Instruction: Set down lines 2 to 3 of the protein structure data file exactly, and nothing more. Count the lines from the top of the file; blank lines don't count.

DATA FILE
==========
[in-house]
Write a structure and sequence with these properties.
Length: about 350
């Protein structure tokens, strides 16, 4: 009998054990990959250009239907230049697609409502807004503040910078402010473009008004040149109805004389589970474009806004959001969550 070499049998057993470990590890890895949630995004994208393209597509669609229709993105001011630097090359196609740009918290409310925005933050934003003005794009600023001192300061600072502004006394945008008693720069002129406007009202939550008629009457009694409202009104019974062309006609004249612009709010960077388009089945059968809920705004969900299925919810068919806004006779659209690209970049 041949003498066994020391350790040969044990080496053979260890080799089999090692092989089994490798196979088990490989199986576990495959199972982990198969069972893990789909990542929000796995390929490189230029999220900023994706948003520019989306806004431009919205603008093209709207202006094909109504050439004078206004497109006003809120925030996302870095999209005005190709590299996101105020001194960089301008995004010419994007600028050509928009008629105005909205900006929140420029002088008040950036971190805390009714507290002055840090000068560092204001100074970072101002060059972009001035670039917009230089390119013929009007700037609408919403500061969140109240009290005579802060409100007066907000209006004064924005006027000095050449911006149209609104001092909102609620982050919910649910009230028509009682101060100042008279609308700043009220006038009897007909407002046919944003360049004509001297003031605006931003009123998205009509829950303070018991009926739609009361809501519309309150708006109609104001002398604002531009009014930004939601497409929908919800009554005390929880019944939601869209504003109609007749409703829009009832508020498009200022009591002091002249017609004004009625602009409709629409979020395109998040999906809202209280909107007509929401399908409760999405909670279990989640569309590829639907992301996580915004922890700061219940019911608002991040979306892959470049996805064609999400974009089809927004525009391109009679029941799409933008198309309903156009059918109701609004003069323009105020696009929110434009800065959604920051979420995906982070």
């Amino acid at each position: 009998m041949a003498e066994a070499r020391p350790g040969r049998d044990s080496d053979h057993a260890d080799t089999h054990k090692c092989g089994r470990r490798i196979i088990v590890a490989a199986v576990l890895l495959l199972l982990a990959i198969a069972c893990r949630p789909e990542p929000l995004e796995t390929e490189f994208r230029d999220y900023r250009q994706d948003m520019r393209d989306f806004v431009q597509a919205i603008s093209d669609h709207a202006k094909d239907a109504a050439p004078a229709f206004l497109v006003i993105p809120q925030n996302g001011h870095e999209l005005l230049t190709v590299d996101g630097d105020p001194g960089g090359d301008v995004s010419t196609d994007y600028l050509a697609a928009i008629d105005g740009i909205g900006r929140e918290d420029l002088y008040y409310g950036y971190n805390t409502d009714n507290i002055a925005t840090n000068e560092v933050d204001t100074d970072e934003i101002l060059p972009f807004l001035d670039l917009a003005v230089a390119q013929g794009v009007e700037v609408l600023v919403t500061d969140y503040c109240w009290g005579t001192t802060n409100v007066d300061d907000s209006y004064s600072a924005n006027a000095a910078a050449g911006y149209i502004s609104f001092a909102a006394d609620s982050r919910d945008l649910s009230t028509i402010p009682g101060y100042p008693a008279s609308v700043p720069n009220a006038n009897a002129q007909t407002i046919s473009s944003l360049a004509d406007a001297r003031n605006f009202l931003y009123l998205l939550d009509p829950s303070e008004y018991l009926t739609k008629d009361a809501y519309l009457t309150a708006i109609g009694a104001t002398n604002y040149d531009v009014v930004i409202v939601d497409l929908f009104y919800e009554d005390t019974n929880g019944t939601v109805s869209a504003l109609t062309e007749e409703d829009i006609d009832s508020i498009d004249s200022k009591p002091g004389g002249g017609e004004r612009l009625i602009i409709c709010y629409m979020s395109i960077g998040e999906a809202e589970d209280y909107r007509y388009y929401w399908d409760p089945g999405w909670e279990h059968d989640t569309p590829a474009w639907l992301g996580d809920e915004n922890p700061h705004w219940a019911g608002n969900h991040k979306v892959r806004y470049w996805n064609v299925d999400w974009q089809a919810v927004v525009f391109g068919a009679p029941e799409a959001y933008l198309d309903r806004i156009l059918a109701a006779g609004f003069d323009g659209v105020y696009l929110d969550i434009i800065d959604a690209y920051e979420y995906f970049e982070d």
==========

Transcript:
Write a structure and sequence with these properties.
Length: about 350